Master Sommelier, Laura Maniec, on her perfect wine pairings for Valentine’s Day

February is a month where couples get cozy, and big bold red wines are flowing to beat the winter chill.  But in a city that brings the heat year round, you need to get creative with some wildcard wine pairings that can really spice things up for the most romantic holiday of the year. Whether you’re dining out or trying to find the perfect selection for an intimate night in, this pairing guide will add a special touch to your Valentine’s Day celebration.

When it comes to food and wine pairings we like to remember that “What grows together goes together.” Consider the ingredients and where they come from, and try to find a wine from the same region as the dish. For example, if you are making a Mediterranean-inspired fish dish, you could choose wine from Sardinia or Greece. One of my favorite Greek wines comes from the island of Santorini – Domaine Sigalas Assyrtiko ’14 – will beautifully compliment octopus, prawns, and oysters with flavors of sea salt and Meyer lemon zest.

When pairing food and wine, opposites do not always attract; pairings should contain the same components such as intensity, complexity, texture, fruit or earth. For example, an earthy Pinot Noir from Burgundy with wild herbaceous mushroom risotto is a match made in heaven. Look for producers from villages of the Côte de Nuits, the more northerly and cooler section of Burgundy’s famous Côte d’Or. Domaine Coillot’s Les Boivins bottling from Marsannay strikes that perfect balance of mushroom/forest floor and dried violets/tart red cherries.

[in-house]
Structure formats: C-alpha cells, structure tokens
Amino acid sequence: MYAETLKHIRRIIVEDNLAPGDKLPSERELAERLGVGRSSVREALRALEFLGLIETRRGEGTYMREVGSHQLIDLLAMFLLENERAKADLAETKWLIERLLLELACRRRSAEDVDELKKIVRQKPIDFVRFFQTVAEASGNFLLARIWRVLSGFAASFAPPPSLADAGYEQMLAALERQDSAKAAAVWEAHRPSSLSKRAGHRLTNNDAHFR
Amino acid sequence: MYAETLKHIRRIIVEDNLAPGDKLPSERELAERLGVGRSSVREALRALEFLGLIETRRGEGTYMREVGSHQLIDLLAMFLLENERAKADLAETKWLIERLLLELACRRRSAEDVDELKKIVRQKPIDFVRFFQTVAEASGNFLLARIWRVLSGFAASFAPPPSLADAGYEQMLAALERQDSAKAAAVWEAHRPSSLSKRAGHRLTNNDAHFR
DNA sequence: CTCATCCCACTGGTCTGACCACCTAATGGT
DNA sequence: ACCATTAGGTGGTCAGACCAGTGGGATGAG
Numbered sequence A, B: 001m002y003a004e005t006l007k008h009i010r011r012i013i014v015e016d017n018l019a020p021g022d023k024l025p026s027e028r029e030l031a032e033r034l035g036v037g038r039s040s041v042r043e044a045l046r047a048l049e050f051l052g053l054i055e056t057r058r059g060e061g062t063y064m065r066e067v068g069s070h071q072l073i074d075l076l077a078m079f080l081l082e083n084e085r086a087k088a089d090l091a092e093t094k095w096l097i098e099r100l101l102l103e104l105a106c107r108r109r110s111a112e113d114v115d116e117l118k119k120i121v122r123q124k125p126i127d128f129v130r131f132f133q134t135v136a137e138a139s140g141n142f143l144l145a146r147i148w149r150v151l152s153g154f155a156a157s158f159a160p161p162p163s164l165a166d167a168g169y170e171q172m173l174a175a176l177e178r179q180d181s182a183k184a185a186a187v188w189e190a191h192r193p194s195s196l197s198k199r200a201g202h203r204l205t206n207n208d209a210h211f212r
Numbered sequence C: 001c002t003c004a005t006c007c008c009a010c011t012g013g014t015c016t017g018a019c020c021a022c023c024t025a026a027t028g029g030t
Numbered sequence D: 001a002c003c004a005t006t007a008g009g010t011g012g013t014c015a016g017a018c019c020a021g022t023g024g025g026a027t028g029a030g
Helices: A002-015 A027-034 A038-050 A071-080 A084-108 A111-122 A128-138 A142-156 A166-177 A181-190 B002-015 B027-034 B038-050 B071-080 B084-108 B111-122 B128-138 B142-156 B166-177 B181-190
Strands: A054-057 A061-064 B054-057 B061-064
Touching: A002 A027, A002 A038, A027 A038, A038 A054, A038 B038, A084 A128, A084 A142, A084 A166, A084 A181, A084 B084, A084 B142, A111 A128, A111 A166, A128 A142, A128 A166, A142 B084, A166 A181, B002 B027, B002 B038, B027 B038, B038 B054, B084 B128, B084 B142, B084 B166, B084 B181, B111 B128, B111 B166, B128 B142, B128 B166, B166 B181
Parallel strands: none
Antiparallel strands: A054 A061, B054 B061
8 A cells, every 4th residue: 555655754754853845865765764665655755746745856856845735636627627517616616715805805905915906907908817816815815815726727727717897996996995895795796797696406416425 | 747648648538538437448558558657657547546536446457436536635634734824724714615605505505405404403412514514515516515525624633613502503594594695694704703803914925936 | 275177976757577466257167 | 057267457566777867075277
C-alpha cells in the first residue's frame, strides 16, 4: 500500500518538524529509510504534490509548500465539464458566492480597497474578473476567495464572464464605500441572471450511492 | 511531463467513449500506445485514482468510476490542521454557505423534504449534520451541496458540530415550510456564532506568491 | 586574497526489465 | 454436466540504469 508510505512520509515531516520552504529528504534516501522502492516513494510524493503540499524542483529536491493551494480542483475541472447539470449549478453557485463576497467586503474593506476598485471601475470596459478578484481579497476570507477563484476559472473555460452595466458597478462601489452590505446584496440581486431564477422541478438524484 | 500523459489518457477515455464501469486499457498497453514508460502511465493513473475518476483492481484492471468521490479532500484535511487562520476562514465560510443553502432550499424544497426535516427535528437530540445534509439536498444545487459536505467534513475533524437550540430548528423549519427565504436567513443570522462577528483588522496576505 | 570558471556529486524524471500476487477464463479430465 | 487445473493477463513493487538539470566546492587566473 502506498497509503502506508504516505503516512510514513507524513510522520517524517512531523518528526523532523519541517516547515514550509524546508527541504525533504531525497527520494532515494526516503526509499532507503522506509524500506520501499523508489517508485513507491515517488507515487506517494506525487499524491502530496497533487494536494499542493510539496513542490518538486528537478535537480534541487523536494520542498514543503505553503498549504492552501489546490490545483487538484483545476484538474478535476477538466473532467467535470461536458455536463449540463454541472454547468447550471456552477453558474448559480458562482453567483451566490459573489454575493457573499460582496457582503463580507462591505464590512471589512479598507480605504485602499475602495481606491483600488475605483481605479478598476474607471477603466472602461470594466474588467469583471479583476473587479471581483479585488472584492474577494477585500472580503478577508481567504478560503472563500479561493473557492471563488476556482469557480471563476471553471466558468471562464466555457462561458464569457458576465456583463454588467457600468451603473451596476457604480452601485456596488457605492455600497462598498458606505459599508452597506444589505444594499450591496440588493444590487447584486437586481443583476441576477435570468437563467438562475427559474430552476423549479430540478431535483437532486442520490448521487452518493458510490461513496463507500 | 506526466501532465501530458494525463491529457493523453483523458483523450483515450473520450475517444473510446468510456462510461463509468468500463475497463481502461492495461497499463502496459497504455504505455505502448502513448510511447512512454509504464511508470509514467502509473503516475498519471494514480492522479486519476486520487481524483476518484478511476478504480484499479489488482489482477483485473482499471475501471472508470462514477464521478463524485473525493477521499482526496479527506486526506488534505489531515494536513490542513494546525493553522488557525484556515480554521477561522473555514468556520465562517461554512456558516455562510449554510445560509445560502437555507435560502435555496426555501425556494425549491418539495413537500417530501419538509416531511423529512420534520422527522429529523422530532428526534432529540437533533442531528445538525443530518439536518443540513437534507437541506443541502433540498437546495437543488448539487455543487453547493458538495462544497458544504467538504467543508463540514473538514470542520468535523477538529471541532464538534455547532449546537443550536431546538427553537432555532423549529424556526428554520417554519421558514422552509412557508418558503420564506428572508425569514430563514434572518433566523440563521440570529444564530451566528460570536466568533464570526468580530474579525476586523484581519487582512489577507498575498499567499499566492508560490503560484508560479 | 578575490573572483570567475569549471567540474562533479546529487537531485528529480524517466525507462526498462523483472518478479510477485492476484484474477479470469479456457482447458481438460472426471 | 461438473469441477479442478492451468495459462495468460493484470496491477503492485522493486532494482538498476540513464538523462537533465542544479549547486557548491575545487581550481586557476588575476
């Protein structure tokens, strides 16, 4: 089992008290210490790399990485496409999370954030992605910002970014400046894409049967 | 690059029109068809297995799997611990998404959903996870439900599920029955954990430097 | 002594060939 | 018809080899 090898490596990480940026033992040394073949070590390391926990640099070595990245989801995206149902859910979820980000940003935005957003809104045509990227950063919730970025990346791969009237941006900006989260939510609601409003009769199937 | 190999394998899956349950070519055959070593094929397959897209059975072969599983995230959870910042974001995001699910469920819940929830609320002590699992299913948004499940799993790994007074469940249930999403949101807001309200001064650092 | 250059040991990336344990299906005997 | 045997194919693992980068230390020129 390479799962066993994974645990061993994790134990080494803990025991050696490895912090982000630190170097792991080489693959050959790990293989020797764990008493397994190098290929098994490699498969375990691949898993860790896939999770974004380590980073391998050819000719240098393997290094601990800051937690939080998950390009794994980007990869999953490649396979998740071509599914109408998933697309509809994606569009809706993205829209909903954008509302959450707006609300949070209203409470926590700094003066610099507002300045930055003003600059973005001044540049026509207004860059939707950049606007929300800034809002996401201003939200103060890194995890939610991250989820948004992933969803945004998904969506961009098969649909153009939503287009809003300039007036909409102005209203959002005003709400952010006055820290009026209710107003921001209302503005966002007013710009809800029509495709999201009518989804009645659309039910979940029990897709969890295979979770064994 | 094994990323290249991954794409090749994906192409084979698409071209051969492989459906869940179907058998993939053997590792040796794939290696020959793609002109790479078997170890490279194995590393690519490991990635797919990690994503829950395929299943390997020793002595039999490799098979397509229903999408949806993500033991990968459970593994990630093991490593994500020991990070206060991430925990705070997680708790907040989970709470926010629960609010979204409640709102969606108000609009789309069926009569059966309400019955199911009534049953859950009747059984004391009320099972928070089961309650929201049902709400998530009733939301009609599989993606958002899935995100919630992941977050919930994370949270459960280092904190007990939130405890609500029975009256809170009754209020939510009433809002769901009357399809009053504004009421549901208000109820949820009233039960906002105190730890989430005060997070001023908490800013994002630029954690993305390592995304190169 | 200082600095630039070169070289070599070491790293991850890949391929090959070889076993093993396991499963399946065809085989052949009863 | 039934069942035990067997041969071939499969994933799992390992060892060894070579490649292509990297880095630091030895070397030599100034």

It is also important to consider the weight of the wine with the weight of the dish. Lighter wines are paired with more delicate dishes. Hamachi crudo would be perfect with a light bodied Sauvignon Blanc or Riesling, but would be overwhelmed by a rich red wine like Shiraz from Australia. Robert Weil’s Trocken (dry) Riesling 2013 from the Rheingau region of Germany is full of fresh peaches and apricots, white flowers and delicate minerality – a perfect complement to fluke or hamachi sashimi.

If you’re having a casual outing at one of your favorite dive bars or making some comfort food at home (like burgers with bacon, cheese and pepper), grab that Aussie Shiraz, or a Garnacha from Spain. You can find blends of these two varieties in wines from France’s Southern Rhone Valley, and a particularly delicious is Domaine le Courloulou’s 2012 Vacqueyras (a village in the S. Rhone); smoky, spicy, and meaty, with notes of cigar leaf, black peppercorn and juicy plums.

A rule of thumb for pairing wine with desserts: the wine should always be sweeter than the dessert, otherwise the wine will taste dry or bitter by comparison.

Here are my favorite wine pairings for Valentine’s Day:

Raw seafood such as oysters with lemon and mignonette & Champagne

Champagne is one of the most versatile wines in the world and pairs well with many dishes. Try a lighter style of Champagne like a Blanc de Blancs, made entirely from Chardonnay. One of my favorites is Ruinart Blanc de Blancs NV – crisp, refreshing and clean, it’s like squeezing a lemon on the oysters.

Grilled Ribeye for Two with Roasted Potatoes & Mayacamas Cabernet Sauvignon ’08

From the southern Napa appellation of Mt. Vedeer comes this extraordinarily complex and bold Cabernet Sauvignon. The dark flavors of the Cabernet (ripe black currant/blackberry, smoke and leather) are perfect with the char of the steak, and the tannins of the wine perfectly bind with the richness and fat of the dish.

Chocolate Covered Strawberries & Port

Port is one of my favorite after-dinner drinks, something like Churchill’s Late Bottle Vintage ’05 from Portugal. The inherent sweetness of fortified wines such as Port is necessary when pairing with dessert, and this port perfectly compliments the richness of the chocolate and the bright red fruit of the strawberries.

French Macaron Cookies & Renardat Fache’s Bugey-Cerdon

Sometimes when pairing food and wine, it’s helpful to think of the occasion and match appropriately; macaroons are not complicated and fun to eat, so my go-to pairing is Renardat Fache’s Bugey-Cerdon, an off-dry, sparkling rosé from the Savoie region of France. It’s bright, refreshing, and fun, with flavors of rhubarb and cranberry (and it’s lower in alcohol – so perfect for an afternoon Valentine’s picnic!)